Finally, access to Texas driver's license number information is governed by section 552.130 of the Government Code. Section 552.130 provides in relevant part that:

(a) Information is excepted from the requirement of Section 552.021 if the information relates to:

(1) a motor vehicle operator's or driver's license or permit issued by an agency of this state[.]

Therefore, you must withhold the Texas driver's license number information pursuant to section 552.130.

This letter ruling is limited to the particular records at issue in this request and limited to the facts as presented to us; therefore, this ruling must not be relied upon as a previous determination regarding any other records or any other circumstances.

This ruling triggers important deadlines regarding the rights and responsibilities of the governmental body and of the requestor. For example, governmental bodies are prohibited from asking the attorney general to reconsider this ruling. Gov't Code 552.301(f). If the governmental body wants to challenge this ruling, the governmental body must appeal by filing suit in Travis County within 30 calendar days. Id. 552.324(b). In order to get the full benefit of such an appeal, the governmental body must file suit within 10 calendar days. Id. 552.353(b)(3), (c). If the governmental body does not appeal this ruling and the governmental body does not comply with it, then both the requestor and the attorney general have the right to file suit against the governmental body to enforce this ruling. Id. 552.321(a).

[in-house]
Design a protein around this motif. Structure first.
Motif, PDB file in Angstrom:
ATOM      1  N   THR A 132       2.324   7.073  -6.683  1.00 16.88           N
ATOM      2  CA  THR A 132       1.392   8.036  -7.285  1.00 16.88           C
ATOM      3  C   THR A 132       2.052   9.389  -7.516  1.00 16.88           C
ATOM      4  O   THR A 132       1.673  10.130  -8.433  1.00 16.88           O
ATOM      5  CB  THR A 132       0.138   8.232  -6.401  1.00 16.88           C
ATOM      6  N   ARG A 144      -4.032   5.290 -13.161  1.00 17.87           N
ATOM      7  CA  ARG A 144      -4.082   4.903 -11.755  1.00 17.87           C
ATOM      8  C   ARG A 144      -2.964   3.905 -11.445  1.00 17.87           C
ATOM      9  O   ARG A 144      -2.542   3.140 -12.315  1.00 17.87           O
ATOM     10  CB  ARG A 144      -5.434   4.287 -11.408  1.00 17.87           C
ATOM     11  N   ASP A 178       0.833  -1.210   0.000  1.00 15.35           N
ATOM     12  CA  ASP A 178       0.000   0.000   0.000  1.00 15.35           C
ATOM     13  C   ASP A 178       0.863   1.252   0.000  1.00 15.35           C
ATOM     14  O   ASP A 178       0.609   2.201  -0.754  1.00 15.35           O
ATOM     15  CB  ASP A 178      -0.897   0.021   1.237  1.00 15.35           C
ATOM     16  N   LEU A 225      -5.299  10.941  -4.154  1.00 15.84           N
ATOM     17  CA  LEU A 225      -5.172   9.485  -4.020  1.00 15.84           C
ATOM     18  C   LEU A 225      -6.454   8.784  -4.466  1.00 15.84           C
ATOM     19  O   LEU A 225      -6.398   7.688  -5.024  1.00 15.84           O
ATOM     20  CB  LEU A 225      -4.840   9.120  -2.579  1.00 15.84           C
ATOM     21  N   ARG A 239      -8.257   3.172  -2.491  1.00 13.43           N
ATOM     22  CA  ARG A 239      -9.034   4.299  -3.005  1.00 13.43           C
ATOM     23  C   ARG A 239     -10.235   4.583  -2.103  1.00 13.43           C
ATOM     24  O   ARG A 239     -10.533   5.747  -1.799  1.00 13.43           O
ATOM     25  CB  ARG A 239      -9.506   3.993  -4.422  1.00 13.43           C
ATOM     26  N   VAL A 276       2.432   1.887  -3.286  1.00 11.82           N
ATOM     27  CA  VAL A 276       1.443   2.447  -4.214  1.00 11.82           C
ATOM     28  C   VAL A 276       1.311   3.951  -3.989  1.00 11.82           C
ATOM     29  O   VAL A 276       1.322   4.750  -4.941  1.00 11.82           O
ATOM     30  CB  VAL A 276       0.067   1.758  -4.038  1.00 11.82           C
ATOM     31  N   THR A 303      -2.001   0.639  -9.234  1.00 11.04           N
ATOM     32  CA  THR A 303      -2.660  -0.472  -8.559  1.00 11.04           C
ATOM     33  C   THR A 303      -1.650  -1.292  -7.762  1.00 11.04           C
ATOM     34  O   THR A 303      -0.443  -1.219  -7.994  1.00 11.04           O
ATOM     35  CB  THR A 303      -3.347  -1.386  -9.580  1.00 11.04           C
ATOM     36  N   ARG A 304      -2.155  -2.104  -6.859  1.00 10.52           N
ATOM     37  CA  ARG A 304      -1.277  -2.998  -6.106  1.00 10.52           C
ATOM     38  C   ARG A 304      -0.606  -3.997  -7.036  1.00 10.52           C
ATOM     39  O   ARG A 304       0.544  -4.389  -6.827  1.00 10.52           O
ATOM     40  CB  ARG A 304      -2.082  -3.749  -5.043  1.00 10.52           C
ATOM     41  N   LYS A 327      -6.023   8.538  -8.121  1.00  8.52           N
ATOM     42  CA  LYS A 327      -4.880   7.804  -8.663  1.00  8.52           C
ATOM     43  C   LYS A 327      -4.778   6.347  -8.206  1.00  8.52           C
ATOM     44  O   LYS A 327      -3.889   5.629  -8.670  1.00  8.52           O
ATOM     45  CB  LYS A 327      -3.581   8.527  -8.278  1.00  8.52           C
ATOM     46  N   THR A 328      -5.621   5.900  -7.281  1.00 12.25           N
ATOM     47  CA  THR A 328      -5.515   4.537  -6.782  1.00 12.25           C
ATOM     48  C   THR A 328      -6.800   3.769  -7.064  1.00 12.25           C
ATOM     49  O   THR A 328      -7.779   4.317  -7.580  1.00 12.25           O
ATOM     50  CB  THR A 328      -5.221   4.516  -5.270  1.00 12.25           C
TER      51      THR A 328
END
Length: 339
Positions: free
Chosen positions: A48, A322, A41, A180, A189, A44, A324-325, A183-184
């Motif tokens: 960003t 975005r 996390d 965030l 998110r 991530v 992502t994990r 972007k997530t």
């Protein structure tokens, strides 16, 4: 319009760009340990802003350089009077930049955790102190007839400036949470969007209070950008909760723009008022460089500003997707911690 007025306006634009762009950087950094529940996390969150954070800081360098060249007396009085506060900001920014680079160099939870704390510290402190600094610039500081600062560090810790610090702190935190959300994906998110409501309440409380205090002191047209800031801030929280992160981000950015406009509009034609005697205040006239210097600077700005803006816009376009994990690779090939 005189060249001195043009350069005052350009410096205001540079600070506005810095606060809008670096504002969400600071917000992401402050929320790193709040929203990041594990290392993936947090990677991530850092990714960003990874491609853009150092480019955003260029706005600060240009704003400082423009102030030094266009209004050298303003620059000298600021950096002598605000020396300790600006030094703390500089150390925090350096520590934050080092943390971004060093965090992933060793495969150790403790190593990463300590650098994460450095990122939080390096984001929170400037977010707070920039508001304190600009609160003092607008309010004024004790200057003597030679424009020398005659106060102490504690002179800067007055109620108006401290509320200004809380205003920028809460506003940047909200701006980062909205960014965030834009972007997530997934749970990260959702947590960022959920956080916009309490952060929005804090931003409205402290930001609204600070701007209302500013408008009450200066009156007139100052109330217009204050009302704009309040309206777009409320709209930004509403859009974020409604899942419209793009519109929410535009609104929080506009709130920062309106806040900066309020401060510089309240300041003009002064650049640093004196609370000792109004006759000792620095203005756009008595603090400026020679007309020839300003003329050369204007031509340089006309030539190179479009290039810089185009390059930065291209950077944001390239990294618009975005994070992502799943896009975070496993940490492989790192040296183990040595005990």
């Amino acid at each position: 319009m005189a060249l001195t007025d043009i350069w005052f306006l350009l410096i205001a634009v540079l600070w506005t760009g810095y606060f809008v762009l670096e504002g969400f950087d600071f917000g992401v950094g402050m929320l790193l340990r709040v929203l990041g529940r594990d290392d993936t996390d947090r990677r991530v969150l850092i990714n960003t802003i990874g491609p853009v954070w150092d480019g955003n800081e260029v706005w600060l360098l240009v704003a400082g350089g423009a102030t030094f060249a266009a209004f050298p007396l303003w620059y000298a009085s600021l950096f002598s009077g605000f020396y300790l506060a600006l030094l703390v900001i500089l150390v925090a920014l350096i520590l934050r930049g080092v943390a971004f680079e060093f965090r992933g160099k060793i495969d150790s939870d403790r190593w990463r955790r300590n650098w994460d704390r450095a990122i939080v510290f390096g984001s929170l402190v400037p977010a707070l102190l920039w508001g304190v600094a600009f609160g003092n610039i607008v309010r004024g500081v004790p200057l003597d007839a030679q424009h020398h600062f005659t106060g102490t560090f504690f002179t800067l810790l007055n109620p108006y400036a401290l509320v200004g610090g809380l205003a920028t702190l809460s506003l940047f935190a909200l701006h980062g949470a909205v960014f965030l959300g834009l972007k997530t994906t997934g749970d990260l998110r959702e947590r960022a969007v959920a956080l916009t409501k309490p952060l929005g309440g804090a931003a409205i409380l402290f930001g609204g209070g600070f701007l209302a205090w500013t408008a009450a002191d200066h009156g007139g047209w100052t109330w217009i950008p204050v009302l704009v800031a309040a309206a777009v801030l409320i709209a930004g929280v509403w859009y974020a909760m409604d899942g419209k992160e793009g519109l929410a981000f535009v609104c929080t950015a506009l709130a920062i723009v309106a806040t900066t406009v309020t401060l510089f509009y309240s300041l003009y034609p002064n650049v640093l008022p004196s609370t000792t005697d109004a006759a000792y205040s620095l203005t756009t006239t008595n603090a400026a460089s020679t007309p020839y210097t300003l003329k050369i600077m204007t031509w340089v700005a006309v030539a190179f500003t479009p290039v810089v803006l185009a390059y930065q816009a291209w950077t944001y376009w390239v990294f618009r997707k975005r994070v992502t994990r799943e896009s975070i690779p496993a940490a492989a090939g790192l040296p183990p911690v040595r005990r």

If this ruling requires the governmental body to release all or part of the requested information, the governmental body is responsible for taking the next step. Based on the statute, the attorney general expects that, within 10 calendar days of this ruling, the governmental body will do one of the following three things: 1) release the public records; 2) notify the requestor of the exact day, time, and place that copies of the records will be provided or that the records can be inspected; or 3) notify the requestor of the governmental body's intent to challenge this letter ruling in court. If the governmental body fails to do one of these three things within 10 calendar days of this ruling, then the requestor should report that failure to the attorney general's Open Government Hotline, toll free, at 877/673-6839. The requestor may also file a complaint with the district or county attorney. Id. 552.3215(e).

If this ruling requires or permits the governmental body to withhold all or some of the requested information, the requestor can appeal that decision by suing the governmental body. Id. 552.321(a); Texas Department of Public Safety v. Gilbreath, 842 S.W.2d 408, 411 (Tex. App.-Austin 1992, no writ).

If the governmental body, the requestor, or any other person has questions or comments about this ruling, they may contact our office. Although there is no statutory deadline for contacting us, the attorney general prefers to receive any comments within 10 calendar days of the date of this ruling.

Sincerely,

Rose-Michel Munguía
Assistant Attorney General
Open Records Division

RMM/jc

Ref: ID# 132593

Encl. Submitted documents

cc: Ms. Tina Stubblefield
1914 Alamo Street
Killeen, Texas 76541
(w/o enclosures)


 

Footnotes

1. We caution that section 552.353 of the Public Information Act imposes criminal penalties for the release of confidential information.